Transport Maps in major cities often represent a simplified diagram of train routes in order to enhance readability. These maps distort the actual geometries of the cities’ geography, compressing the area the trains cover, and simplifying the curves of the paths to improve the aesthetics and comprehensibility. Although the map is geographically inaccurate it seeks to more accurately match the readers perspective of the city’s geography. In the map of Berlin, the center of the city is enlarged for clarity, and the more distant routes are shortened.
Source: The Guardian
Typeface Comic Sans—created in 1994—has generated more controversy than perhaps any other typeface. Vincent Connare, who developed the typeface while working for Microsoft’s typography team, explains the origins of Comic Sans in a new interview. Connare was attempting to develop a typeface suitable for Microsoft Bob, a software meant to help children learn computer skills. Microsoft Bob’s speech was written in Times New Roman, which Connare found inappropriate for a children’s software. Although he has only used Comic Sans once, Connare finds the backlash to the font “…just amazing—and quite frankly funny.” Read the full interview at The Guardian.
Source: The Guardian
It’s hard to imagine a time when the peace symbol wasn’t widely recognized as a sign of the counterculture and anti-war movements. The familiar three-pronged glyph was first created in 1958 by artist Gerald Holtom as a symbol for a series of anti-nuclear weapon demonstrations. Holtom used the visual language of flag semaphores for the design, combining the letters “N” and “D” for “nuclear disarmament.” Visitors will be able to view Holtom’s fragile original sketches of the symbol at the Imperial War Museum in London from March 23 to August 28, 2017.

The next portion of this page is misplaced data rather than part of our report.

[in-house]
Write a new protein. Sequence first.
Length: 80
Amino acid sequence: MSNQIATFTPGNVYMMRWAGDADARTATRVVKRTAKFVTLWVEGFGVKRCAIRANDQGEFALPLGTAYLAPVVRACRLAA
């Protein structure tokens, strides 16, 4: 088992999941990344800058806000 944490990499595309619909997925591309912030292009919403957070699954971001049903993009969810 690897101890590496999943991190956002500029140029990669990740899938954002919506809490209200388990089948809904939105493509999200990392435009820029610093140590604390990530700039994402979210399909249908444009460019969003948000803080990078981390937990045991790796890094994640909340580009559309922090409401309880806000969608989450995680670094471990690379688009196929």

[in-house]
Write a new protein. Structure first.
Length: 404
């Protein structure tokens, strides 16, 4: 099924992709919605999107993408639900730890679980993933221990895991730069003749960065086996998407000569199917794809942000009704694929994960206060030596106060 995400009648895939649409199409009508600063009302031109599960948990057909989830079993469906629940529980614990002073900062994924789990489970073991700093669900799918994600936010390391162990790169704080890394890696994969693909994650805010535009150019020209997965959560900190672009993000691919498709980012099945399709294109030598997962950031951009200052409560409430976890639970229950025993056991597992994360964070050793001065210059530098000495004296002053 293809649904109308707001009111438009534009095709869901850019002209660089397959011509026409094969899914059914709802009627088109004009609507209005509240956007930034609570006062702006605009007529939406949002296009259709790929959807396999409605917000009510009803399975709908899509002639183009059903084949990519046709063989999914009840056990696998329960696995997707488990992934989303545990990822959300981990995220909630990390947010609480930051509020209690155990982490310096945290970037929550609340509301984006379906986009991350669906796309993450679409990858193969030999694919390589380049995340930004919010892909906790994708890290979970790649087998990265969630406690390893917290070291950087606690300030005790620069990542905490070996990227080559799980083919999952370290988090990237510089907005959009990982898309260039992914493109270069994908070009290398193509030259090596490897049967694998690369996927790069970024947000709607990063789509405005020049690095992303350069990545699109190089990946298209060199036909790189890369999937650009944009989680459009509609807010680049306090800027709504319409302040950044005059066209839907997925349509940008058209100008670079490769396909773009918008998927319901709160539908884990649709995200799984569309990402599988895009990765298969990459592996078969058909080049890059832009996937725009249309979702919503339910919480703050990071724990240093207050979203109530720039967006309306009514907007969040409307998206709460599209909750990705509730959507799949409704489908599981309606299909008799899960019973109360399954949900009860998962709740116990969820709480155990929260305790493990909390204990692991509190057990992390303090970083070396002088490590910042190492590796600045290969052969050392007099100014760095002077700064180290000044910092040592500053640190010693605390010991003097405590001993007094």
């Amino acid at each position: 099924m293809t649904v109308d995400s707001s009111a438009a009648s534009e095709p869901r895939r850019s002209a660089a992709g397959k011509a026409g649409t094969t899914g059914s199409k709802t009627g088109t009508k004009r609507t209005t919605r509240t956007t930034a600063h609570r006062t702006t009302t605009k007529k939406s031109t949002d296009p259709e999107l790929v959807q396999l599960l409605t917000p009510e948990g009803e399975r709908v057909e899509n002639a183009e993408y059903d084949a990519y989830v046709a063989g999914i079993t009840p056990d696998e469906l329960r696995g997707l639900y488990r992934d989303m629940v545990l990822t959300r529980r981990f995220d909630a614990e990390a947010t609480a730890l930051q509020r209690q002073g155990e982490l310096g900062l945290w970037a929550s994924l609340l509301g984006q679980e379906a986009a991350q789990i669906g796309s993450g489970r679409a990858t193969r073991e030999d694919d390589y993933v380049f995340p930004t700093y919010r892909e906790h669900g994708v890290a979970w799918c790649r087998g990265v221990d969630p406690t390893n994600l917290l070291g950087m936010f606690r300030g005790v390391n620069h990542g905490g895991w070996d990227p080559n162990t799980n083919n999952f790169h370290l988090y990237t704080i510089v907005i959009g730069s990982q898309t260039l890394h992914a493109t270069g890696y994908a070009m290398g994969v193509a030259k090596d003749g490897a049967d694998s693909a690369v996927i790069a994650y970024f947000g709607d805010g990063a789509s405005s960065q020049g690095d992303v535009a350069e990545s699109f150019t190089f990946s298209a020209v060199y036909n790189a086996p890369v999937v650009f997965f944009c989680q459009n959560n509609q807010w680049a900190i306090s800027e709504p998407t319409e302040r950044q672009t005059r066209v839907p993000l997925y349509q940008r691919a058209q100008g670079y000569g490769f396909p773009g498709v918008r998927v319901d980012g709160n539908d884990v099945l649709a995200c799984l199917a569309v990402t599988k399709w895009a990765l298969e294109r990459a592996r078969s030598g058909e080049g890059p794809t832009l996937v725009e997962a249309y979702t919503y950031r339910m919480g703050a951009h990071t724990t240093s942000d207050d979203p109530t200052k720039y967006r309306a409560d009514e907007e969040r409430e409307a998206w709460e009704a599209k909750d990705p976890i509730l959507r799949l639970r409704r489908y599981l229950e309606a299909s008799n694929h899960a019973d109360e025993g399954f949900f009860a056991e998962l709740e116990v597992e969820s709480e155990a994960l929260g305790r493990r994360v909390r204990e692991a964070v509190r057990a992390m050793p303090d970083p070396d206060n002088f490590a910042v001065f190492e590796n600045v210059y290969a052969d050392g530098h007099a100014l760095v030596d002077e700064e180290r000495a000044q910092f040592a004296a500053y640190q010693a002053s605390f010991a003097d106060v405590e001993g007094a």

Source: This is Colossal
Is your DSLR a mystery to you? Photography-Mapped, an interactive website by designer Simon Roberts, illustrates how the parts of a DSLR camera move together to form an image. By manipulating the controls on the website, users can test out their knowledge of aperture, shutter speed, light, and ISO. When the controls have been set, users press the “take photo” button to check whether or not their exposure is satisfactory. The simple graphic on the site allows new photographers to understand the basic mechanics of their camera.
Source: Visual News
A smoker might expect to be shamed into quitting by his doctor but not by a billboard. A new advertisement, located in Odengatan Plaza in Stockholm, provides real-time feedback to nearby smokers. The billboard, which is outfitted with smoke sensors, starts coughing when it detects smoke. Afterward, the billboard advertises a series of smoking-cessation products. A pharmacy chain commissioned creative agency Akestam Holst to create the advertisement in hopes that it would bolster sales and—in the process—improve public health.
Moscow’s Luzhniki Olympic Complex | Gretchen Peterson